Note: This is a post from Joan Concilio, Man Vs. Debt community manager. Read more about Joan.
Can you imagine getting rid of everything you own except for what fits in one backpack, and making $6,000 selling stuff you no longer need on eBay? For Luther Cale, selling his crap became the key that would open doors to a treehouse in India, a freak show on Coney Island, and a jungle in Ecuador. It’s also allowed him to write a book, 33 Ways to Reboot Your Life, to help others open the same doors.
Luther, who has made selling his crap into an art form, is content with so much less. “I still have some very nice things and everything I need. (I) look at my rooftop office in the Andes and hear the river flowing and see the trees to know that all is well,” he said.
Oh, and he’s gone swinging in the Andes, as you can see in the picture above. Now THAT’s cool.
Would you start by telling us a little about yourself?
I have walked in many worlds and learned many amazing things about what it takes to “breakthrough” and create a life that works.
My many reboots have taken me to India, Brazil, Connecticut (no, seriously!), Nashville, Tennessee, the mountains, beaches, jungles of Ecuador and a dozen other countries. I helped take a company public. I went to a training session for the freak show on Coney Island and learned how to swallow swords. I worked for eight months across from a physic surgeon and shaman in South America.
I helped internationally launch a mobile tech company in partnership with the world’s largest telecom. I wrote a bunch of books. I modeled for a Russian fashion designer. I lived in a treehouse in India. I had a lot of fun. I considerably upped my “life force.”
What led you to Sell Your Crap (the book), and what led you to sell your crap (the action)? What was the biggest thing you were hoping to accomplish?
I first found about you through Leo’s blog and have followed your adventures ever since (including the RV days!).
The (Sell Your Crap) book came out at a perfect time because I was planning a move to South America and didn’t want to take a lot of crap. The main thing I wanted to accomplish was some extra cash for my trip and to streamline the ridiculous number of electronic devices I owned.
Talk about your stuff-purging mindset. How did you decide what to get rid of? What was the hardest thing to part with? (And do you miss it?)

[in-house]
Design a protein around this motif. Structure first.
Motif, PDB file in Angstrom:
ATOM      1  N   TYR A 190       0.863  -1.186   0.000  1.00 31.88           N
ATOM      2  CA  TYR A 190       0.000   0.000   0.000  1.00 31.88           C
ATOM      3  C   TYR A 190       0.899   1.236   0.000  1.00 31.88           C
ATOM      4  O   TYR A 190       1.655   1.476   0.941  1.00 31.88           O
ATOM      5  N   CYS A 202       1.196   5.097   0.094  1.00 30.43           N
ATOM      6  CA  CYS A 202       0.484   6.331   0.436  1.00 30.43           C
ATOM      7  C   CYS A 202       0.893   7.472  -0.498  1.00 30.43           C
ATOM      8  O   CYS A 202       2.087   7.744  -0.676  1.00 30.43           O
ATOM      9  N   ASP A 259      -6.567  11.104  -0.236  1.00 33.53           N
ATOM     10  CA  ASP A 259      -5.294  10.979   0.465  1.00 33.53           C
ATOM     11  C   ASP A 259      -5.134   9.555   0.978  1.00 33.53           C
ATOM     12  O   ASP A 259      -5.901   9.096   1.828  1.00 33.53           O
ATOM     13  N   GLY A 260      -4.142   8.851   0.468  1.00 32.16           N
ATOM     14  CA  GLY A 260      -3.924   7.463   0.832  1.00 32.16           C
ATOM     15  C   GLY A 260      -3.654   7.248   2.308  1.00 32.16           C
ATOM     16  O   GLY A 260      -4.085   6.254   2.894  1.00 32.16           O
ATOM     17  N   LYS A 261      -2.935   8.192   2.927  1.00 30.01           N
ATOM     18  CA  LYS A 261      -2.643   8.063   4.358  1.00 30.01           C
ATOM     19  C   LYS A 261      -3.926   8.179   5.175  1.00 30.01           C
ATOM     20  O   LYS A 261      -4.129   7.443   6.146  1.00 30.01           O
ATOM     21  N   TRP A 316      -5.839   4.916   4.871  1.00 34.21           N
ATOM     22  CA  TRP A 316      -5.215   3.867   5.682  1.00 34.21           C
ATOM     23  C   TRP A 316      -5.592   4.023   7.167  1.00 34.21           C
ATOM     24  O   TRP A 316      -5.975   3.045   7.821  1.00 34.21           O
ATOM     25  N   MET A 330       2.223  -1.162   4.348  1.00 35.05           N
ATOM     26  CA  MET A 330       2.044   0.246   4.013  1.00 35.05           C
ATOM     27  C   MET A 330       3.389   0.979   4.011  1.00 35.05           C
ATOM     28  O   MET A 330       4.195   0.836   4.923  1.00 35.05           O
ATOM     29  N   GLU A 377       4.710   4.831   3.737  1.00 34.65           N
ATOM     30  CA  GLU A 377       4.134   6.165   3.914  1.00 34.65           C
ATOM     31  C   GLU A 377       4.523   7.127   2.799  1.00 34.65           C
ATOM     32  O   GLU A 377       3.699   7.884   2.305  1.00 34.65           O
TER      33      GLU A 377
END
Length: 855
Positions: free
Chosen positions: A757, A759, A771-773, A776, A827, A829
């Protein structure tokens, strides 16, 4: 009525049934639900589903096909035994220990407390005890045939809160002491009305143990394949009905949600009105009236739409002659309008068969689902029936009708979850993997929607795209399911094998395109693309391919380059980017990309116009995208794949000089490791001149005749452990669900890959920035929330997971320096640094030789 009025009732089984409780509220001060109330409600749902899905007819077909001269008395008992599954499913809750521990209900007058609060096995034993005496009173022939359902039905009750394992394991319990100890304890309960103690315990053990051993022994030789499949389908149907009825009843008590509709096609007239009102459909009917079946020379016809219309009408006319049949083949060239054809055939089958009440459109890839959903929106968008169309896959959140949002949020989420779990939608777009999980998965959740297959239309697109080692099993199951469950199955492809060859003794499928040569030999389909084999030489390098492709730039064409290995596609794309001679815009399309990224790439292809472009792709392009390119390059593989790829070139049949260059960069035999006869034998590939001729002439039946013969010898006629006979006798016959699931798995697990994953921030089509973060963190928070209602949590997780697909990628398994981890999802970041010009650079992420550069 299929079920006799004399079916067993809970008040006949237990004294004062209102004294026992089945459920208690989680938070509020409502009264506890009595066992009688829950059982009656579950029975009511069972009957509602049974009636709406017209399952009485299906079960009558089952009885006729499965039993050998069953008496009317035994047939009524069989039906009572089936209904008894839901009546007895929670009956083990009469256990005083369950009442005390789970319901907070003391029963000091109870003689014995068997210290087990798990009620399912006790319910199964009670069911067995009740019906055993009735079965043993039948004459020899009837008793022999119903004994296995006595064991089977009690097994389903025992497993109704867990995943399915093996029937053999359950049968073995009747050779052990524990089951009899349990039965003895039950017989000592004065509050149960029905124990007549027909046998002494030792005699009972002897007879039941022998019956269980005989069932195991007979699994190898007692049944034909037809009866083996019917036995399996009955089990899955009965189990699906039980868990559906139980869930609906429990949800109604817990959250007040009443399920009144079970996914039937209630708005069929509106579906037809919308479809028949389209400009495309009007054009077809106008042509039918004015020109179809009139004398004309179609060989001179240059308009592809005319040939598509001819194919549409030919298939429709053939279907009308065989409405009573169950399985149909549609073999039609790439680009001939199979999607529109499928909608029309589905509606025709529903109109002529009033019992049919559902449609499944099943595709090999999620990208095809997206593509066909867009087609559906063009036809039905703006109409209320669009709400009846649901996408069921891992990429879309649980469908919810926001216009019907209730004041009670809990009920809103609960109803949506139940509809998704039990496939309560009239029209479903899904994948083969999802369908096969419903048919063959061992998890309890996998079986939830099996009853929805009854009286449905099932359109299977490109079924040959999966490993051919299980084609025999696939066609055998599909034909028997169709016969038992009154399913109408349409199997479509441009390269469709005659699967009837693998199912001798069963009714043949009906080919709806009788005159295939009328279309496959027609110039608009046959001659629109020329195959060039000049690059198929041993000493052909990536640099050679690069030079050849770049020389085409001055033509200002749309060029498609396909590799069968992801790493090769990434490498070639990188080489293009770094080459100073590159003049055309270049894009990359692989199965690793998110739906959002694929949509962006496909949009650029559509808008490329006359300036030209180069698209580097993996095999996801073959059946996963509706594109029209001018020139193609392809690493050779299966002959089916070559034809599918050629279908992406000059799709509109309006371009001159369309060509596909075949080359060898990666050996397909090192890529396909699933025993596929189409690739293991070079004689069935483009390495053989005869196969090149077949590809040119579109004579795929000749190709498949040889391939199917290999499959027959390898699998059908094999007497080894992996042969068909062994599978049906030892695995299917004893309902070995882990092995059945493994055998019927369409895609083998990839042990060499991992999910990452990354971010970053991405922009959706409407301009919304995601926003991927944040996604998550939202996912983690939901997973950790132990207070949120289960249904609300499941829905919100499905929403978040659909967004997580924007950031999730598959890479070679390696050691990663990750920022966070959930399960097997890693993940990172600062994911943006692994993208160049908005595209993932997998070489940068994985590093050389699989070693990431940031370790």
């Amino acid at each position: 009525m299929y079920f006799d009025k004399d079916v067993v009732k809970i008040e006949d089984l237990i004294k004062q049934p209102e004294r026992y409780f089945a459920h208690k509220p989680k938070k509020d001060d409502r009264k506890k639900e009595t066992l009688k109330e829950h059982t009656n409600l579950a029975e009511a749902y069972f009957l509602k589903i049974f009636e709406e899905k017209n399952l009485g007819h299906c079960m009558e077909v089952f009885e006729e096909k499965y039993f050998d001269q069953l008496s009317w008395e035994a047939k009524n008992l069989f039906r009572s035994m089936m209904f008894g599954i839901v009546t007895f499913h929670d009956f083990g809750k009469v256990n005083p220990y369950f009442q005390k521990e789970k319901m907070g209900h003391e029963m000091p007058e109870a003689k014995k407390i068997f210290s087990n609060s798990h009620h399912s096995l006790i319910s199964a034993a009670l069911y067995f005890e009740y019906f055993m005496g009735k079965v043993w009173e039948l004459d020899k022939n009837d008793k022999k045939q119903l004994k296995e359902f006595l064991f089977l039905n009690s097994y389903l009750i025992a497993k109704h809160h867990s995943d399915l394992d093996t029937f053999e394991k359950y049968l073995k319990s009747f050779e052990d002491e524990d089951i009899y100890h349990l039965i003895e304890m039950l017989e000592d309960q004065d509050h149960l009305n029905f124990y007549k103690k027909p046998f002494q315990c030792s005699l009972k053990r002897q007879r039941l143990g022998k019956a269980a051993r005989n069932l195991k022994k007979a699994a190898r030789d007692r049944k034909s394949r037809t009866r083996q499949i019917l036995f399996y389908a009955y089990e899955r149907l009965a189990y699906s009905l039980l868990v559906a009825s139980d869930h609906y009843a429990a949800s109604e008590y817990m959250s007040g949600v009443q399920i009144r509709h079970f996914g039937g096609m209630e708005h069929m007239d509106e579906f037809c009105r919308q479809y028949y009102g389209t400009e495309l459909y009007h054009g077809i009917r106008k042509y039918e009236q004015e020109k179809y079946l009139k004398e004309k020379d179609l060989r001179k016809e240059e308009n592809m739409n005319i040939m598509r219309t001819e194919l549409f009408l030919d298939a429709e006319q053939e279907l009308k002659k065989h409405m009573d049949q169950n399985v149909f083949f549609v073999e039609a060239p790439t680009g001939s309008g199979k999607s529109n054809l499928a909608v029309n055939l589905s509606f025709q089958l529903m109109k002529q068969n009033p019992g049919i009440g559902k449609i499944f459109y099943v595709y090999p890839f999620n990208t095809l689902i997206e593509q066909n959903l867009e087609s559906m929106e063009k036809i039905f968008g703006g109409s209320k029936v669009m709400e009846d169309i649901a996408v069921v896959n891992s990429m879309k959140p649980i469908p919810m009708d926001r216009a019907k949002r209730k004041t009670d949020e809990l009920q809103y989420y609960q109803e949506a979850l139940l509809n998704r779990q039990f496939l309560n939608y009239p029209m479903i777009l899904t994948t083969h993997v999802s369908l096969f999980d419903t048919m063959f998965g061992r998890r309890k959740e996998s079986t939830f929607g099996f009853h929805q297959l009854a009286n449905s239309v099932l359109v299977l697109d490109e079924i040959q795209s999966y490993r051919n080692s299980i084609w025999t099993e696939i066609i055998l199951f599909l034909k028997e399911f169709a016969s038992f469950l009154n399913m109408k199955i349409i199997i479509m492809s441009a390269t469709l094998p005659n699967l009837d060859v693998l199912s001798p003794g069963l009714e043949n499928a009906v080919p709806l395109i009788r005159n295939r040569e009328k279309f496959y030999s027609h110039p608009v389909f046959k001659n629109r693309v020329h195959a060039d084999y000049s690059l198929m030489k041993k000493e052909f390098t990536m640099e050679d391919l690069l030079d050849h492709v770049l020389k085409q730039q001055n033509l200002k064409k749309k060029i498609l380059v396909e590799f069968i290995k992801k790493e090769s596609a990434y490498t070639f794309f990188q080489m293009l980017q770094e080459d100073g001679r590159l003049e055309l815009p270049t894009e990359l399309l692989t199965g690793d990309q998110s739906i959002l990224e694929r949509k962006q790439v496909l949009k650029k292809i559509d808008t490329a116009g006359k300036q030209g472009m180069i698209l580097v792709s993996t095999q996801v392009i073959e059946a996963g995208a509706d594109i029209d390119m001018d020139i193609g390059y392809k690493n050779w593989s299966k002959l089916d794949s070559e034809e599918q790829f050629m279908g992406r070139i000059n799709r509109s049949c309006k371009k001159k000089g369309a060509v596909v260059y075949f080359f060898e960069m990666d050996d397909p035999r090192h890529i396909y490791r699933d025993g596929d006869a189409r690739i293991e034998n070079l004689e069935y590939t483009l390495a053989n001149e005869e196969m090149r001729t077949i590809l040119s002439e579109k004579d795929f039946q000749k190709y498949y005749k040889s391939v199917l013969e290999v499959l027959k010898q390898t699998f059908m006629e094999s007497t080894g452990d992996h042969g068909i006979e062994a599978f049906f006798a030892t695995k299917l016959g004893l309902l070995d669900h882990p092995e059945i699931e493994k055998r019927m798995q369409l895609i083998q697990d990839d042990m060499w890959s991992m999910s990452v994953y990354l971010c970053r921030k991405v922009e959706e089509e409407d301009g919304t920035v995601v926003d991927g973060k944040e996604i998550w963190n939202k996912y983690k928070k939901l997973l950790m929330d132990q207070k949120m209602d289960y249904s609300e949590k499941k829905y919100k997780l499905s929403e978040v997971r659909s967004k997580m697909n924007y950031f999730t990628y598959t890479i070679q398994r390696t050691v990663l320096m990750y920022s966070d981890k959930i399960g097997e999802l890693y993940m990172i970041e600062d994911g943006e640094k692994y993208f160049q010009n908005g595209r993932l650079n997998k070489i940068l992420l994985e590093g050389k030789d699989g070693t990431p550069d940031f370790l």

I got rid of mainly high-end electronic gadgets (with some medium-end ones thrown in there for good measure).
My exact criterion was this: Does it fit in the one backpack I am taking with me for my move to South America? Anything that did not make the cut got sold.
So I really thought first about what things were most functional for me for my move and worked backward from there.
How much would you say you sold altogether? What did you do with the money?
I sold $6,000 worth of stuff. $2,000 I used to acquire new stuff that was more appropriate (either more minimalist or more multi-functional for my move). $4,000 I used for a plane ticket to South America plus the first few months of living expenses.
Tell us some more about the actual sales process. Where did you primarily sell? Any particular horror stories – or wins?
Sold everything on eBay.
For most items, I looked to see what the best price was on eBay and then beat that price by $50 (remember that I was generally selling $600 to $1,000 items). I set the time frame to 5 days. I was relentless in follow-up with interested parties. All items sold for my asking price and within my asking time.
One buyer requested a return on an item I had listed (internationally unlocked Samsung Galaxy Note) because there was a minor scratch on the front that I had not listed (mainly because it was so slight, I didn’t even know it was there!). I re-listed at $50 lower with full disclosure and some extra photos, and the phone sold in no time.
Now that you’ve sold all this, you’ve done some pretty amazing things. Talk about where you’re living and tell us a little about your new project, the book. What led you to that (and to the “rebooting your life” concept overall)?